American Chess Journal, “B” Letter Tournament,1876

R:
#2-4, in which the pieces form the letter B (2 pr.)
 
Competitors could enter any number of problems. Standard requirements applied, including motto.
 
J:
C. H. Waterbury
 
In estimating the value of a problem the usual rules will be followed, except that more latitude than ordinary will be allowed in the matter of superfluous pieces; should, however, two problems, in other respects of equal excellence, be presented, preference will be given to the one having the least number of useless pieces.
 
C:
1876-11-01
 
A:
1 pr. C. C. Moore (Motto: To the memory of T. M. Brown)
2 pr. H. Boardman (Let 'er B)
 
S:
 
N:
The tourney was occasioned by a donation from an anonymous old-time patron to be used for a B letter tournament. (In American Chess Journal, v. [3], p. 76 (June 1878), a reference is made to Mr. Barker's letter prize which might be relevant)

The judge's report is somewhat difficult to read as he seems to treat the report as part of a joke and emphasizes the letter B whereever possible. The number of participants is not mentioned, but it seems that nine problems passed examination:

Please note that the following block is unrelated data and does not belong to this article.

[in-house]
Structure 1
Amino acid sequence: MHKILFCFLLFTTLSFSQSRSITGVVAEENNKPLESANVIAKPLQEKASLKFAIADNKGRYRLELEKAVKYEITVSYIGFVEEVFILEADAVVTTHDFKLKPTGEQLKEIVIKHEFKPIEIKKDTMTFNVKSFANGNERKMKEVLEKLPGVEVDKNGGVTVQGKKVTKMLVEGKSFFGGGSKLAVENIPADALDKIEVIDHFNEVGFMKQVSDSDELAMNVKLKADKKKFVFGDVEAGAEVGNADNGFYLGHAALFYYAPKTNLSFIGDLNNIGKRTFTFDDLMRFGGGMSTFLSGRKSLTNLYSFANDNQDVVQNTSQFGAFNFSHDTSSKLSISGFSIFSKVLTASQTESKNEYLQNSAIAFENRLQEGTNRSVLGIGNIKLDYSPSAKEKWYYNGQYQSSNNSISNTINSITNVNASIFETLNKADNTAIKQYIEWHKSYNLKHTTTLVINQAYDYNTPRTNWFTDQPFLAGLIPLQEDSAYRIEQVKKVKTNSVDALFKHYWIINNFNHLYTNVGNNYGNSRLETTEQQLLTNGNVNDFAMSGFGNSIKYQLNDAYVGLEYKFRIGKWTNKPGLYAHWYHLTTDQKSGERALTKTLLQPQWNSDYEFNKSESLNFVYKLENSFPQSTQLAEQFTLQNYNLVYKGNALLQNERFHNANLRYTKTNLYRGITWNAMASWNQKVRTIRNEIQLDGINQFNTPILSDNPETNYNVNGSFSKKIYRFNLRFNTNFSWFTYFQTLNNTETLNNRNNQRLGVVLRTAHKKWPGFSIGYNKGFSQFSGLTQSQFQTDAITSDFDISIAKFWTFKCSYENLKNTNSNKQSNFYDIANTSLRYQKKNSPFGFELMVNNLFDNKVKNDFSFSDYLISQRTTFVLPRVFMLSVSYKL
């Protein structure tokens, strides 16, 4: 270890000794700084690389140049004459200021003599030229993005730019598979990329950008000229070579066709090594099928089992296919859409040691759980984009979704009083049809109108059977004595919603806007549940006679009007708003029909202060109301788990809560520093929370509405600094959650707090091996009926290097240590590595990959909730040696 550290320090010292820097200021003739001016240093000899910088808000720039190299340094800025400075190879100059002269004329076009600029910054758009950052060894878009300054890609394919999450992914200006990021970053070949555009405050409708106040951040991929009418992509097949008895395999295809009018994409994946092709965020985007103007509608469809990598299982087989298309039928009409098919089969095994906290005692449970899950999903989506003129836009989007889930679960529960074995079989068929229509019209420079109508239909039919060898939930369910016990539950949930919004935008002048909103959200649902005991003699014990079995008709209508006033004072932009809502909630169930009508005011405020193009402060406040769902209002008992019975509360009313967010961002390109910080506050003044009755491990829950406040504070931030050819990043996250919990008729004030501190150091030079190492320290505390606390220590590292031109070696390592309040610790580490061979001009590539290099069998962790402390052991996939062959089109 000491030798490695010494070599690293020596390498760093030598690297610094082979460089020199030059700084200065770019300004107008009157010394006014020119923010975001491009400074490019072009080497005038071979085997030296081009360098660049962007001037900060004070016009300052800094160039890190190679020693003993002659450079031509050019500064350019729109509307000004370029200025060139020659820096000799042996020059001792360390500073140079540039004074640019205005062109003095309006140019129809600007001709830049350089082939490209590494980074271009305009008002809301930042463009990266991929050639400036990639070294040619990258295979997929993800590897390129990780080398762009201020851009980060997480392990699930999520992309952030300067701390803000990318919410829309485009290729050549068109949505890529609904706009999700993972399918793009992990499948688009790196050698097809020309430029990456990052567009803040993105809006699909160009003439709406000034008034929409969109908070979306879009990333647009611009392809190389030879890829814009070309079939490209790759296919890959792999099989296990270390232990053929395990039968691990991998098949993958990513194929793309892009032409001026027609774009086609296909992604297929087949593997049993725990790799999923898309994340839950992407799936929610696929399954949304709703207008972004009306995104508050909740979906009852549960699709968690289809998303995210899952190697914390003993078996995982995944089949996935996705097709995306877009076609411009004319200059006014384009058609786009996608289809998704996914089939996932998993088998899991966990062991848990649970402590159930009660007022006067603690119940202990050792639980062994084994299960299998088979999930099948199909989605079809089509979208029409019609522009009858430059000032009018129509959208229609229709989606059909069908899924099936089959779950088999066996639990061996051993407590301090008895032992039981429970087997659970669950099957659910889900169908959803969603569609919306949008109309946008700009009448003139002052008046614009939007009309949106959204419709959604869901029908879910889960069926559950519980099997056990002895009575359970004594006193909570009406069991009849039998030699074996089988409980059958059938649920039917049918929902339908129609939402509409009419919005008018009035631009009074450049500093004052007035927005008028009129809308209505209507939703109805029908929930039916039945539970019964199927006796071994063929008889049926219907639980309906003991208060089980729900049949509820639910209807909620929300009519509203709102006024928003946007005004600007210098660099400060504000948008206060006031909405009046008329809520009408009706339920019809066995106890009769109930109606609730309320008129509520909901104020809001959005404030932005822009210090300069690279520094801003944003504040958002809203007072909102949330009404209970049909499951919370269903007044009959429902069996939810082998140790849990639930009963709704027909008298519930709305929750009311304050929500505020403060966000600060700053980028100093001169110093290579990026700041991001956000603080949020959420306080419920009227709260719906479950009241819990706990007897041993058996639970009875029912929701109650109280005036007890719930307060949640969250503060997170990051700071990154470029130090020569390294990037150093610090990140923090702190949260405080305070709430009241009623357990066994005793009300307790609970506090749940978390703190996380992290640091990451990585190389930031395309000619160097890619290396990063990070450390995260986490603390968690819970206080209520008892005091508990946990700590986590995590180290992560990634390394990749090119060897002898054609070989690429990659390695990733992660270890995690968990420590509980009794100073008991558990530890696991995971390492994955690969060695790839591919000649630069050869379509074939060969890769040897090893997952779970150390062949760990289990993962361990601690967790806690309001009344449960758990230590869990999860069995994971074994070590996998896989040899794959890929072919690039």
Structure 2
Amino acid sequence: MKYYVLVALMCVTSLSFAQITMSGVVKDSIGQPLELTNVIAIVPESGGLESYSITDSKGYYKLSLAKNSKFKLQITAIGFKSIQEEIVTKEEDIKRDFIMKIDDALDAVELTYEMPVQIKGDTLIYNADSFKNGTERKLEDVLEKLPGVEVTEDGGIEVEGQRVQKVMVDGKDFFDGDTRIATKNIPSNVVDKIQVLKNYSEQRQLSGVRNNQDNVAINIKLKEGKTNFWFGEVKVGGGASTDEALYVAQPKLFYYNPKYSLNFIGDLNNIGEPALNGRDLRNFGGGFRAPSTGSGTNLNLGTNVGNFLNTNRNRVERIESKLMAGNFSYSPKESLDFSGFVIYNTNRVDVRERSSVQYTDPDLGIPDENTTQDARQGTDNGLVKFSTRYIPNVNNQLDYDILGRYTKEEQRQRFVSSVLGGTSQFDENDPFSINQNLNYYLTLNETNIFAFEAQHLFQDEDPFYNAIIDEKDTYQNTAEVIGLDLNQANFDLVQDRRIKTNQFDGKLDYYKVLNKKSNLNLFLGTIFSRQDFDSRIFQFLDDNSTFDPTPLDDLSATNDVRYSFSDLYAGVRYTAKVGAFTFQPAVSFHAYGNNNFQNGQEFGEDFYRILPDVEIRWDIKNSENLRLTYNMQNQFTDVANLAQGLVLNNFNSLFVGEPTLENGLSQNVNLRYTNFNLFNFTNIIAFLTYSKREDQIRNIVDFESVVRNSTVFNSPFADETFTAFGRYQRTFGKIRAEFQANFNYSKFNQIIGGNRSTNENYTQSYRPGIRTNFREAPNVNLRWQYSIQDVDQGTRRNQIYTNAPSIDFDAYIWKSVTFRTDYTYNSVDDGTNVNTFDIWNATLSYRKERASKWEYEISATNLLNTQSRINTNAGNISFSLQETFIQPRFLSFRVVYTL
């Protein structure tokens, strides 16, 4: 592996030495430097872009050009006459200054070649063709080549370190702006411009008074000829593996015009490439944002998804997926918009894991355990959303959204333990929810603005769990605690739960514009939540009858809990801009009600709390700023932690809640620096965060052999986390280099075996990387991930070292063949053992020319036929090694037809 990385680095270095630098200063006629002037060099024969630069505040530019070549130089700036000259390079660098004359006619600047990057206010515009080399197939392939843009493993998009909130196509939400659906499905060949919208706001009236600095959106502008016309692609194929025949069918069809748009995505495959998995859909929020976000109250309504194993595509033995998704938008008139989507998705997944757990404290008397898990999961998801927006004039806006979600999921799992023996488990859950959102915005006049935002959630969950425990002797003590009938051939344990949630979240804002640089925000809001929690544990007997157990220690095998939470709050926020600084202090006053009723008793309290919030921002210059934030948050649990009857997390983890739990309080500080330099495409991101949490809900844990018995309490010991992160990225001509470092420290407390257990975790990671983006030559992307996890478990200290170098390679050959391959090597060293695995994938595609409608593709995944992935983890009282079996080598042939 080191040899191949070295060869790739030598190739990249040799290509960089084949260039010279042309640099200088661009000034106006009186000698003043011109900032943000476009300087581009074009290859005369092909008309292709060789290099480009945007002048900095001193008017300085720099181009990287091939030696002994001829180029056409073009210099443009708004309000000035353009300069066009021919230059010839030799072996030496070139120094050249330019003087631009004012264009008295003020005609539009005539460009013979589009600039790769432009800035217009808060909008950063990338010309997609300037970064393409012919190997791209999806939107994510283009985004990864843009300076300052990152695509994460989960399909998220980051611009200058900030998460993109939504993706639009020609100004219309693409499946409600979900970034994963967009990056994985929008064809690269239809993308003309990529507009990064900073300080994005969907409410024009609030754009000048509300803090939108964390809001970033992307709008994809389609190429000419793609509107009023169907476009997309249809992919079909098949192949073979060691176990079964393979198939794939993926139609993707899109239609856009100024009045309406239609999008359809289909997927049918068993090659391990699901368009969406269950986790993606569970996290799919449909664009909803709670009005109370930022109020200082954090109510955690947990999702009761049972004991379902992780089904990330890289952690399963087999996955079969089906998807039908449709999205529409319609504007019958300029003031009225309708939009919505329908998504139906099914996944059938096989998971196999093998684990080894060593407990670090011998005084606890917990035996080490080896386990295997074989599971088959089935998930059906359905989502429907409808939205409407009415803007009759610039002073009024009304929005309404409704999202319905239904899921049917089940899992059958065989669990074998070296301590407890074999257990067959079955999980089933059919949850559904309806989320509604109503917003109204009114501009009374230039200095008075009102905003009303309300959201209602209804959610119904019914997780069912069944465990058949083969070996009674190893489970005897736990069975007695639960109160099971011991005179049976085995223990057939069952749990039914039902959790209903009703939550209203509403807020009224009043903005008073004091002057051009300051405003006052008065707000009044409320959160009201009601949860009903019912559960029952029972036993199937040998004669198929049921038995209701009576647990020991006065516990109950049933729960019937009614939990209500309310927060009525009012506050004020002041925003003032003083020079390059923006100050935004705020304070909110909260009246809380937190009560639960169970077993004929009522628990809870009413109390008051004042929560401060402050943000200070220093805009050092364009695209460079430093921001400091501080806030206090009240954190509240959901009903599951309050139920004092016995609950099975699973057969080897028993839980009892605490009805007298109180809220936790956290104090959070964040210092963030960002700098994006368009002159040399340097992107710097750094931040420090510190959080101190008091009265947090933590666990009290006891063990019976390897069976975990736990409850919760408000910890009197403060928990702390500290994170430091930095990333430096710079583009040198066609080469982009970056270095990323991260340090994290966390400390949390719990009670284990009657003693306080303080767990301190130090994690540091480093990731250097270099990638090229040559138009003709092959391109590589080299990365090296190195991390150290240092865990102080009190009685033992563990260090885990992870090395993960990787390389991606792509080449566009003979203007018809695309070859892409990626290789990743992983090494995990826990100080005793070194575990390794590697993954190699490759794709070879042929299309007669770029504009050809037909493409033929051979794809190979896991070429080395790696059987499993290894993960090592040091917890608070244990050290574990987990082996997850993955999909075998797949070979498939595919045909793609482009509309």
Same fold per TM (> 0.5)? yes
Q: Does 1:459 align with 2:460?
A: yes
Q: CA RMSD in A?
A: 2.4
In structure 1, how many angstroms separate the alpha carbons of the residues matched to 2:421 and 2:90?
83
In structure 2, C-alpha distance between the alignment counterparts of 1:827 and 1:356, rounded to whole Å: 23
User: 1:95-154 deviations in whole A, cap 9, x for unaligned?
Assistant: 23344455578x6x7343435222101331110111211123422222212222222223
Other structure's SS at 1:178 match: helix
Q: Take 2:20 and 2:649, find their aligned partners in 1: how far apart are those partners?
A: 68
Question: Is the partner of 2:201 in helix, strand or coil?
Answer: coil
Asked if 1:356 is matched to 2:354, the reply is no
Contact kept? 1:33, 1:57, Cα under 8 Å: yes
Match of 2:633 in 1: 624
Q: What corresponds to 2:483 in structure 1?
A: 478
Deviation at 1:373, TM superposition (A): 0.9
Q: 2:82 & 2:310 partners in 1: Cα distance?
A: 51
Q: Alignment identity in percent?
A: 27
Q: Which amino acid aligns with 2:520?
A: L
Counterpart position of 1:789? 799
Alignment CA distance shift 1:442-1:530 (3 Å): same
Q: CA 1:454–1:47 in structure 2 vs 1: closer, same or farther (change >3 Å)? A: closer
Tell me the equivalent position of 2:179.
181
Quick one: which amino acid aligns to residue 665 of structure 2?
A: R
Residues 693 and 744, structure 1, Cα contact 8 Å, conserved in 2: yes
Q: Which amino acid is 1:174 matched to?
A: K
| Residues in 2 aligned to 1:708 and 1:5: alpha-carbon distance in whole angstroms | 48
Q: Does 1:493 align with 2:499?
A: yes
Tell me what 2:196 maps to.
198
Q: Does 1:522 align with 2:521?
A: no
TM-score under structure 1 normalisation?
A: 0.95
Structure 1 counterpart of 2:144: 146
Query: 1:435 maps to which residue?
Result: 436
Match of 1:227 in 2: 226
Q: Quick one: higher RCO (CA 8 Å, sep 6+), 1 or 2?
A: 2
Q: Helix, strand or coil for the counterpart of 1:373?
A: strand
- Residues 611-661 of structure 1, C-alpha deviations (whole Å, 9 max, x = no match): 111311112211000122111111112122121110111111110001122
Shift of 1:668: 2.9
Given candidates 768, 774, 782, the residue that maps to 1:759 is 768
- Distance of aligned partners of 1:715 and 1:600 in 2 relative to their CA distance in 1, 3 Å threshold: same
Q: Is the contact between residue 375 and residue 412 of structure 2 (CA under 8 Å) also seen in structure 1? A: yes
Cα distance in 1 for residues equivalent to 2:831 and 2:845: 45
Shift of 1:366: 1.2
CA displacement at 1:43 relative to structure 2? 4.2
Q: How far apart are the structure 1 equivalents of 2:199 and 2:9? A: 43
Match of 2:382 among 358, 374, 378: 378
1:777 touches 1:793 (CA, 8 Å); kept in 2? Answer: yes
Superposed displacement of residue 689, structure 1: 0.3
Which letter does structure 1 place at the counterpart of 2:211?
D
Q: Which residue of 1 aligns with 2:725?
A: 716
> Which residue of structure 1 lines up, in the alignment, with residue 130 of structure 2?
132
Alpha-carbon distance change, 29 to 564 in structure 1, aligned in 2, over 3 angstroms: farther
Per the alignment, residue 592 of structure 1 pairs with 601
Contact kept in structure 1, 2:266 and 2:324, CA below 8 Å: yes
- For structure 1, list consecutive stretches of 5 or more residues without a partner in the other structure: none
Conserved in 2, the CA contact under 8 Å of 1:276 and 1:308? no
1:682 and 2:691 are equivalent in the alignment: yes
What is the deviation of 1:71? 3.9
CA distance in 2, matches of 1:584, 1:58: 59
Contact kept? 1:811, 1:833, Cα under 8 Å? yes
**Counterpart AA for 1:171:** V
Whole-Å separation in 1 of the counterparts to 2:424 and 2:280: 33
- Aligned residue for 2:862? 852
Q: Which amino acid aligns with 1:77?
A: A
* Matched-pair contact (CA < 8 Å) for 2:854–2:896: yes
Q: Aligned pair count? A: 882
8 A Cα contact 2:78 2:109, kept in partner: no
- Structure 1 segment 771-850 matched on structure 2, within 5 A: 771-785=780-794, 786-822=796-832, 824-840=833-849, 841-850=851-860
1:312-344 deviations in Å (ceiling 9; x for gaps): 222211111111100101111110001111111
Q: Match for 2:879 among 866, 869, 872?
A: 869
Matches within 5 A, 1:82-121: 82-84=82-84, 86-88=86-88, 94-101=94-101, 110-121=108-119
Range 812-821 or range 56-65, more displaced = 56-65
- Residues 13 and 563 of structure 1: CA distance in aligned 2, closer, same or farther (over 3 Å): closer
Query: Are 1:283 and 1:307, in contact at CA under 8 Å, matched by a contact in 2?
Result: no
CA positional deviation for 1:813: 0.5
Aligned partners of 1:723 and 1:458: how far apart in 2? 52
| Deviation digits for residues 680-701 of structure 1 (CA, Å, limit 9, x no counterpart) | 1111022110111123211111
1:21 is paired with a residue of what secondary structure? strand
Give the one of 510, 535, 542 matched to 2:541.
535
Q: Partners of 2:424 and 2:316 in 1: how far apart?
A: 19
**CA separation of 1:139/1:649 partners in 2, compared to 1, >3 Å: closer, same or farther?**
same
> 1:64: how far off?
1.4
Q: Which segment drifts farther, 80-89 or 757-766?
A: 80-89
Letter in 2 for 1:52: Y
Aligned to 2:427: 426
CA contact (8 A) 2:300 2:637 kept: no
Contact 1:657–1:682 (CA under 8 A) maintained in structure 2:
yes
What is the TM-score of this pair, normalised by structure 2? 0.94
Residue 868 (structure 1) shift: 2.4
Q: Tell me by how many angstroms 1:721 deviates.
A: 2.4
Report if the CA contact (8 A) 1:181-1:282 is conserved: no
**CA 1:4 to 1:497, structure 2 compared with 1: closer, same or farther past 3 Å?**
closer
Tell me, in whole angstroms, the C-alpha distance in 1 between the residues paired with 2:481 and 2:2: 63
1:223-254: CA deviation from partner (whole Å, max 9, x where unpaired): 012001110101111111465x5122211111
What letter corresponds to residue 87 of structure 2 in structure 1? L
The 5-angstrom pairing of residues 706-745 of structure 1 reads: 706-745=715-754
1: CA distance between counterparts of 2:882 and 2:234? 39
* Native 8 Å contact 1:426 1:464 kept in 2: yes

[ ... ] Blessed B the B’s-makers, for they might B in better B'sness. The swarm is not so warm as was Btokened. I began to feel more Bnign when told there’d B only nine not Busted. If there should B nein at all I’d B more Bnign than Bfore. But should there B ten, Bten I’d B two. That last B would B the blasted drop that would break over the B-rim of the bucket. A big finish would B some trouble for my B-room, and might bring too much. [... ]
Given that there was a motto requirement, it is somewhat unexpected to find that the report also gives the identities behind the mottos: this would normally be done by the tourney manager.

In the same issue as the report, the prize winners and seven additional B problems are printed (p. 100-101, prbs. 107-115). All expect one have an obvious motto, but it seems likely that they are the problems that passed examination.

The 1st prize winner, C. C. Moore, who also was the secretary and treasurer of the Centennial Problem Tourney, started the Centennial Letter Problem Tourney and donated his prize ($5) to it.

Awards

1 Prize: C. C. Moore

#3

2 Prize: H. Boardman

#2